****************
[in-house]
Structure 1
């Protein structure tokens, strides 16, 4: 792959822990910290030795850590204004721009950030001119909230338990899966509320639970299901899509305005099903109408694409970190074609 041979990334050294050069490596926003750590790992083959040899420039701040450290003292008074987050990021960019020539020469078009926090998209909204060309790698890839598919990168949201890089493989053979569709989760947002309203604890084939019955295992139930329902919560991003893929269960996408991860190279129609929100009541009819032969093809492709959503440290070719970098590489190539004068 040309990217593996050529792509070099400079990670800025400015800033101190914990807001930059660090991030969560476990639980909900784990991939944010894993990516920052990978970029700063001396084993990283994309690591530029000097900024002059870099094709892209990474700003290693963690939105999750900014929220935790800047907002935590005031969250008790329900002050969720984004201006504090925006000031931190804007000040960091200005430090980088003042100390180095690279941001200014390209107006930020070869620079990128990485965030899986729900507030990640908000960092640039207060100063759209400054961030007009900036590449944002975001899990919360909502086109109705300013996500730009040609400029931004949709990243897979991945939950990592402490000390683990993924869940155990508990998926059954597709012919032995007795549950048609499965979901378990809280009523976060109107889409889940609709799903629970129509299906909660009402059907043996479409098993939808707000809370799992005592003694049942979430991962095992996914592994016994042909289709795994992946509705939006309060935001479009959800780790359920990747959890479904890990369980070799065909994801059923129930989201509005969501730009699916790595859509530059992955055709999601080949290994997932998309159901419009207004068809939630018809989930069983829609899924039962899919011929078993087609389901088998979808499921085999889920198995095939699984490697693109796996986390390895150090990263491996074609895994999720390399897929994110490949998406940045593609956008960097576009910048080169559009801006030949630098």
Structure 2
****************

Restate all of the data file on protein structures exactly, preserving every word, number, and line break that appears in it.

[in-house]
Structure 1
């Protein structure tokens, strides 16, 4: 792959822990910290030795850590204004721009950030001119909230338990899966509320639970299901899509305005099903109408694409970190074609 041979990334050294050069490596926003750590790992083959040899420039701040450290003292008074987050990021960019020539020469078009926090998209909204060309790698890839598919990168949201890089493989053979569709989760947002309203604890084939019955295992139930329902919560991003893929269960996408991860190279129609929100009541009819032969093809492709959503440290070719970098590489190539004068 040309990217593996050529792509070099400079990670800025400015800033101190914990807001930059660090991030969560476990639980909900784990991939944010894993990516920052990978970029700063001396084993990283994309690591530029000097900024002059870099094709892209990474700003290693963690939105999750900014929220935790800047907002935590005031969250008790329900002050969720984004201006504090925006000031931190804007000040960091200005430090980088003042100390180095690279941001200014390209107006930020070869620079990128990485965030899986729900507030990640908000960092640039207060100063759209400054961030007009900036590449944002975001899990919360909502086109109705300013996500730009040609400029931004949709990243897979991945939950990592402490000390683990993924869940155990508990998926059954597709012919032995007795549950048609499965979901378990809280009523976060109107889409889940609709799903629970129509299906909660009402059907043996479409098993939808707000809370799992005592003694049942979430991962095992996914592994016994042909289709795994992946509705939006309060935001479009959800780790359920990747959890479904890990369980070799065909994801059923129930989201509005969501730009699916790595859509530059992955055709999601080949290994997932998309159901419009207004068809939630018809989930069983829609899924039962899919011929078993087609389901088998979808499921085999889920198995095939699984490697693109796996986390390895150090990263491996074609895994999720390399897929994110490949998406940045593609956008960097576009910048080169559009801006030949630098």
Structure 2